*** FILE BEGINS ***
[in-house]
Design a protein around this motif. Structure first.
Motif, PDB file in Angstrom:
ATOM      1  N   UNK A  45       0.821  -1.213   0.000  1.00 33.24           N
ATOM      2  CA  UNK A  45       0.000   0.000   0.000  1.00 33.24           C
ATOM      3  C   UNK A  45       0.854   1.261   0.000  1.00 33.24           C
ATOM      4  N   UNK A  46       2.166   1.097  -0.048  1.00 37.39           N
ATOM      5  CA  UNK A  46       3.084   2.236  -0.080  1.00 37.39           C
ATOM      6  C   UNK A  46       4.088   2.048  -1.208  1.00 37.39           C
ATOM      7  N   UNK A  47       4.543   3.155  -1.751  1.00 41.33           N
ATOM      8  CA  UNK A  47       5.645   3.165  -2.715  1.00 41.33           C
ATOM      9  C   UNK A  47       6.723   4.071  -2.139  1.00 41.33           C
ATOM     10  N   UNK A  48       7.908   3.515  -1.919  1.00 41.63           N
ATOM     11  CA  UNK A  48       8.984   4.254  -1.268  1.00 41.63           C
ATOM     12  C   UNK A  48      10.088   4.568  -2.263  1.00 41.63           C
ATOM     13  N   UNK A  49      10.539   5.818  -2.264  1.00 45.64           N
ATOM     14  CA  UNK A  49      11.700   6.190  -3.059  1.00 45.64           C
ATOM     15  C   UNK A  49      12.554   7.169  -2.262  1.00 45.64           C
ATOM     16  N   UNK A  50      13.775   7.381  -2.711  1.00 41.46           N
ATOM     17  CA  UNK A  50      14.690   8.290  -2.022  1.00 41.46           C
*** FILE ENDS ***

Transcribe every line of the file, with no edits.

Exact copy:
[in-house]
Design a protein around this motif. Structure first.
Motif, PDB file in Angstrom:
ATOM      1  N   UNK A  45       0.821  -1.213   0.000  1.00 33.24           N
ATOM      2  CA  UNK A  45       0.000   0.000   0.000  1.00 33.24           C
ATOM      3  C   UNK A  45       0.854   1.261   0.000  1.00 33.24           C
ATOM      4  N   UNK A  46       2.166   1.097  -0.048  1.00 37.39           N
ATOM      5  CA  UNK A  46       3.084   2.236  -0.080  1.00 37.39           C
ATOM      6  C   UNK A  46       4.088   2.048  -1.208  1.00 37.39           C
ATOM      7  N   UNK A  47       4.543   3.155  -1.751  1.00 41.33           N
ATOM      8  CA  UNK A  47       5.645   3.165  -2.715  1.00 41.33           C
ATOM      9  C   UNK A  47       6.723   4.071  -2.139  1.00 41.33           C
ATOM     10  N   UNK A  48       7.908   3.515  -1.919  1.00 41.63           N
ATOM     11  CA  UNK A  48       8.984   4.254  -1.268  1.00 41.63           C
ATOM     12  C   UNK A  48      10.088   4.568  -2.263  1.00 41.63           C
ATOM     13  N   UNK A  49      10.539   5.818  -2.264  1.00 45.64           N
ATOM     14  CA  UNK A  49      11.700   6.190  -3.059  1.00 45.64           C
ATOM     15  C   UNK A  49      12.554   7.169  -2.262  1.00 45.64           C
ATOM     16  N   UNK A  50      13.775   7.381  -2.711  1.00 41.46           N
ATOM     17  CA  UNK A  50      14.690   8.290  -2.022  1.00 41.46           C